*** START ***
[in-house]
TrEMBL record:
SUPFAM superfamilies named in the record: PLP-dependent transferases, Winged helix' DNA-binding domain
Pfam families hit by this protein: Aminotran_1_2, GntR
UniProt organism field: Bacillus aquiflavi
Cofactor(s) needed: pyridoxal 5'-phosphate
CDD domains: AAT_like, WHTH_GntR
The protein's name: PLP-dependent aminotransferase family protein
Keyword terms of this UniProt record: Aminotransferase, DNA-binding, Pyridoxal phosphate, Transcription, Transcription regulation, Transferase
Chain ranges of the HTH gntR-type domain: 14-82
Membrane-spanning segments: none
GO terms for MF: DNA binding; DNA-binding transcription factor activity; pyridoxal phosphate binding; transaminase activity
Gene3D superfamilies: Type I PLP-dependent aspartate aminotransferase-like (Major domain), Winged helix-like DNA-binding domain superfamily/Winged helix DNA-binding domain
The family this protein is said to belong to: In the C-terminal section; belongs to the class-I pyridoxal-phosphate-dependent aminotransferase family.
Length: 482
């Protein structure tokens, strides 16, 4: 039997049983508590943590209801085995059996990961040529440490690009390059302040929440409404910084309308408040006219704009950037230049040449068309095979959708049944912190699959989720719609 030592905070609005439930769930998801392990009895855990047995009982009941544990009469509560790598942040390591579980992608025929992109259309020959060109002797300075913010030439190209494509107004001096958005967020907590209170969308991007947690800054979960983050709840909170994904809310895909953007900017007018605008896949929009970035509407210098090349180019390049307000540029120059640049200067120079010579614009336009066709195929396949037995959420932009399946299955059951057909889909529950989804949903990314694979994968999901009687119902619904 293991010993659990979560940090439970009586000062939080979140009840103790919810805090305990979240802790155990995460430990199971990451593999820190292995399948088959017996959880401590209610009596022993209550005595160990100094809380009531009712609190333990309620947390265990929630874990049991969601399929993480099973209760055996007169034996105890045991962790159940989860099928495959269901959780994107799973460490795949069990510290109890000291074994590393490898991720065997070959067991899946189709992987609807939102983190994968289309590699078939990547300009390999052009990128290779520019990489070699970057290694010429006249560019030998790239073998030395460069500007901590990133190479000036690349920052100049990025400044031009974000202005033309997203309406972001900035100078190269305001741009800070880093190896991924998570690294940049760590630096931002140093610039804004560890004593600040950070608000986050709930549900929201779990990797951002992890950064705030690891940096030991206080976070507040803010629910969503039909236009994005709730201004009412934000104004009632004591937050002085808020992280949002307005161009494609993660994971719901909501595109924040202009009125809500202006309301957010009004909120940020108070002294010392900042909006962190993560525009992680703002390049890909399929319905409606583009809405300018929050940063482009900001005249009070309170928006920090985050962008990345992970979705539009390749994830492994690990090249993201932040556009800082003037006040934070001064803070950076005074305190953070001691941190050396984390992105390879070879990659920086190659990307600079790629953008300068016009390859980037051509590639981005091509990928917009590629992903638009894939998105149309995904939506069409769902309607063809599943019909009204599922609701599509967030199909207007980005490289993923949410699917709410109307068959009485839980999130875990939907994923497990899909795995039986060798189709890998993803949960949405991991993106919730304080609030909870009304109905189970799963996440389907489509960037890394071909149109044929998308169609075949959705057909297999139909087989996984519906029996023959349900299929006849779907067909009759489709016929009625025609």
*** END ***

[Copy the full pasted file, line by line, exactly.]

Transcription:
[in-house]
TrEMBL record:
SUPFAM superfamilies named in the record: PLP-dependent transferases, Winged helix' DNA-binding domain
Pfam families hit by this protein: Aminotran_1_2, GntR
UniProt organism field: Bacillus aquiflavi
Cofactor(s) needed: pyridoxal 5'-phosphate
CDD domains: AAT_like, WHTH_GntR
The protein's name: PLP-dependent aminotransferase family protein
Keyword terms of this UniProt record: Aminotransferase, DNA-binding, Pyridoxal phosphate, Transcription, Transcription regulation, Transferase
Chain ranges of the HTH gntR-type domain: 14-82
Membrane-spanning segments: none
GO terms for MF: DNA binding; DNA-binding transcription factor activity; pyridoxal phosphate binding; transaminase activity
Gene3D superfamilies: Type I PLP-dependent aspartate aminotransferase-like (Major domain), Winged helix-like DNA-binding domain superfamily/Winged helix DNA-binding domain
The family this protein is said to belong to: In the C-terminal section; belongs to the class-I pyridoxal-phosphate-dependent aminotransferase family.
Length: 482
């Protein structure tokens, strides 16, 4: 039997049983508590943590209801085995059996990961040529440490690009390059302040929440409404910084309308408040006219704009950037230049040449068309095979959708049944912190699959989720719609 030592905070609005439930769930998801392990009895855990047995009982009941544990009469509560790598942040390591579980992608025929992109259309020959060109002797300075913010030439190209494509107004001096958005967020907590209170969308991007947690800054979960983050709840909170994904809310895909953007900017007018605008896949929009970035509407210098090349180019390049307000540029120059640049200067120079010579614009336009066709195929396949037995959420932009399946299955059951057909889909529950989804949903990314694979994968999901009687119902619904 293991010993659990979560940090439970009586000062939080979140009840103790919810805090305990979240802790155990995460430990199971990451593999820190292995399948088959017996959880401590209610009596022993209550005595160990100094809380009531009712609190333990309620947390265990929630874990049991969601399929993480099973209760055996007169034996105890045991962790159940989860099928495959269901959780994107799973460490795949069990510290109890000291074994590393490898991720065997070959067991899946189709992987609807939102983190994968289309590699078939990547300009390999052009990128290779520019990489070699970057290694010429006249560019030998790239073998030395460069500007901590990133190479000036690349920052100049990025400044031009974000202005033309997203309406972001900035100078190269305001741009800070880093190896991924998570690294940049760590630096931002140093610039804004560890004593600040950070608000986050709930549900929201779990990797951002992890950064705030690891940096030991206080976070507040803010629910969503039909236009994005709730201004009412934000104004009632004591937050002085808020992280949002307005161009494609993660994971719901909501595109924040202009009125809500202006309301957010009004909120940020108070002294010392900042909006962190993560525009992680703002390049890909399929319905409606583009809405300018929050940063482009900001005249009070309170928006920090985050962008990345992970979705539009390749994830492994690990090249993201932040556009800082003037006040934070001064803070950076005074305190953070001691941190050396984390992105390879070879990659920086190659990307600079790629953008300068016009390859980037051509590639981005091509990928917009590629992903638009894939998105149309995904939506069409769902309607063809599943019909009204599922609701599509967030199909207007980005490289993923949410699917709410109307068959009485839980999130875990939907994923497990899909795995039986060798189709890998993803949960949405991991993106919730304080609030909870009304109905189970799963996440389907489509960037890394071909149109044929998308169609075949959705057909297999139909087989996984519906029996023959349900299929006849779907067909009759489709016929009625025609």